— Vidhika Bansal, UX Group Manager at Intuit

Shadow everyone. Your team members, the people who work with your team across the org, the customer-facing people. Understand what their outputs are and what inputs they can accommodate from you. If they are designers or PMs, they’ll have artifacts — read them.”
Pavel A. Samsonov, Senior UX Architect, Amazon Web Services


Week 4 — Document progress and display commitment

✅ Meet with some past employees who have left the org or company. I’ve found that people who have left are more likely to be honest about what it is like to work there. They also give you the inside scoop on who to trust, who to watch out for, and with whom to build relationships.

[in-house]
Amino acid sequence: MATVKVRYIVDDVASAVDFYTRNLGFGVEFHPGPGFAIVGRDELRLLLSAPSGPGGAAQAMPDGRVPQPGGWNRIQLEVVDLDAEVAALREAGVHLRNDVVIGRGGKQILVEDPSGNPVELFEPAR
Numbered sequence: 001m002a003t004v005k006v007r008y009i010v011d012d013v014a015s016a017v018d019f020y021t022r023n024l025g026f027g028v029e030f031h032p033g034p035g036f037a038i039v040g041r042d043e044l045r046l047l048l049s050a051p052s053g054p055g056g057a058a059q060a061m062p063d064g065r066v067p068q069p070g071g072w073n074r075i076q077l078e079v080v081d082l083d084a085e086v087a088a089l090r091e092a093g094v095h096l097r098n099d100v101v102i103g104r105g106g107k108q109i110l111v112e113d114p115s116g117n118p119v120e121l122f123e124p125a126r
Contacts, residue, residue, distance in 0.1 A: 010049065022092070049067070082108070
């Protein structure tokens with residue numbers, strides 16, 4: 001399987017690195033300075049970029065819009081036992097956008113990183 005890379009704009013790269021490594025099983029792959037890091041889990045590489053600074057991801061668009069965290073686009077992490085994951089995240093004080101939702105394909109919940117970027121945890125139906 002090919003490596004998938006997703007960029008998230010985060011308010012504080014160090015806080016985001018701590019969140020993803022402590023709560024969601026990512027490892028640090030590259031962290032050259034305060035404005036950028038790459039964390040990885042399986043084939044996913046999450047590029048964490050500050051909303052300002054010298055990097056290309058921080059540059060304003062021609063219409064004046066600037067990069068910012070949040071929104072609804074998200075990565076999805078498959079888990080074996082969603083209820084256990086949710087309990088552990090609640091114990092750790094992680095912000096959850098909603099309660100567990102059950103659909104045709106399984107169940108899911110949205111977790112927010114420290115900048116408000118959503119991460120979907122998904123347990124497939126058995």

✅ Consistently track your progress and achievements.

✅ Update your manager on your progress and how things have been going during the first month.

✅ Reaffirm your commitment and passion for the job.

✅ Display your enthusiasm and desire for career growth in the company.

✅ Ask your manager for feedback on your progress. This will be the time to course-correct if necessary.

⚠️ Avoid working long hours to be visible. That used to mean staying late in the office (not a good habit). Now it means sending messages in the evening. 


I would say to define from the outset; 1 -What you would like to learn from the job. 2 - What skills/certifications you would like to obtain while in the job. 3 - Find out ways you can be indispensable to the company. And 4 - What is your end date.”
 — Teronie J. Donaldson, host of the Orange Sky Life podcast